On First Things today, Peter Blair offers a plea to Christian artists out there to stop producing “Christian Art” and start making true art of real beauty if they want any hope of transforming our culture.
As I’ve been driving back and forth up and down the East Coast this summer, I’ve listened to may fair share of Christian music on the radio, and honestly, I’m confused by two things. 1) Why does it need to be called “Christian” music and 2) why “positive” or “encouraging” music a euphemism for the genre? And thus tonight I ramble on my confusion.
1) American culture is perhaps defined by its individualism- therefore, everyone can have a club for themselves, where their own subculture reigns supreme (I know, I know, we all know this). Yet, there is still some sort of “mainstream”- especially in the controlled markets of radio and cinema. So-called Christian music seems to mar both aspects of the Christian call to be in the world but not of it: instead of branching out to all persons and creating a catholic (small c) atmosphere that branches out to speak to all of society, it instead sings to those who are already “saved,” and instead of rejecting this American temptation to ghettoize and slant facts to fit one’s worldview instead of taking our fallen world as it is, and transform it by example- not just sticking to one’s own bright and positive bubble.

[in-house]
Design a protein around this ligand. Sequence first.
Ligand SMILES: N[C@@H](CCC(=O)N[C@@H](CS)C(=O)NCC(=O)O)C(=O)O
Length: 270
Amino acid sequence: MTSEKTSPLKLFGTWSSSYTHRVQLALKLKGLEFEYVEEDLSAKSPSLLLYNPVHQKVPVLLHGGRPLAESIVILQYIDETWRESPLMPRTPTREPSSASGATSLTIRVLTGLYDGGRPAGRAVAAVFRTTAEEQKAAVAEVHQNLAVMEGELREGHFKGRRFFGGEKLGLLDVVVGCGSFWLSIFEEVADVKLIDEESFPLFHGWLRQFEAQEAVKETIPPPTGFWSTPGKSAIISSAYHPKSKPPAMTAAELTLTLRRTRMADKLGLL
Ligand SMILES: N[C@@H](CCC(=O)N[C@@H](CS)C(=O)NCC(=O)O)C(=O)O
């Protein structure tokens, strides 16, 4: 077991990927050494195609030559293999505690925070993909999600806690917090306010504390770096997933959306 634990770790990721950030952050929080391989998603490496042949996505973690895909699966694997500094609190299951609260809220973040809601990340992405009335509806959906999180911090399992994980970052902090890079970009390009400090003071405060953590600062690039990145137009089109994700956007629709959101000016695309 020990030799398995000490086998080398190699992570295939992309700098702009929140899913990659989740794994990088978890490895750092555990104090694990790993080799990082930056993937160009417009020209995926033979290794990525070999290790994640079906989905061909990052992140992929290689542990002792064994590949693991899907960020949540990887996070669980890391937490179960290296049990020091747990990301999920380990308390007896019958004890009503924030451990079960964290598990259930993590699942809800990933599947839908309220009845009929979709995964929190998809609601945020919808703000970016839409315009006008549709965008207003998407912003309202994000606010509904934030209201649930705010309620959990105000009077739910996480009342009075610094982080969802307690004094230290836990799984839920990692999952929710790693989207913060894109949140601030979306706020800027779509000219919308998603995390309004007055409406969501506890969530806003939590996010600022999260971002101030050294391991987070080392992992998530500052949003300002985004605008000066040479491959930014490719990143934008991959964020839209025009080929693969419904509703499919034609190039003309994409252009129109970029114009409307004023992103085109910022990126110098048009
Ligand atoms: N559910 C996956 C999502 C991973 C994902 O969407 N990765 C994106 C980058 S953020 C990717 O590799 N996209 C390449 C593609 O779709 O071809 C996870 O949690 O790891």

2) Ok, so since when has the Cross been “positive” and “uplifting” alone? What about the whole humility and penitence thing that comes along with Joy? Don’t get me wrong- are we called to rejoice? Of course! And is all Contemporary Christian Music all yippy-skippy all day every day?? Nope. And sure the Gospels and the Crucifixion and Resurrection are the most positive and glorious thing- indeed what redeems all that is sinful and base and all that! But come on: don’t make your celebration of those gifts so flat and boring and so gosh darn just BAD- at least if you want it to be enticing. The same can be said (and has been) about Christian movies such as Fireproof- and the marginally better Bella and There be Dragons.*
This ultimately may be why I’m Catholic and not Evangelical.
To be fair, our world could deal with a lot more positivity, a lot less sin, and an emphasis on truth and virtue. From personal experience, I can say that Christian music is pretty positive and peppy and at least isn’t an affront to morality. But it is an affront to good taste, and even one’s conscience if we’re willing to go out on a limb and claim beauty as a virtue as essential to the proper understanding of Truth.
*Yes, I went there. Eduardo Verastegui, eres guapisimo y tienes buenas intenciones. Pero Bella es demaciado “vanilla” y “preachy” para ser arte. Sorrrrry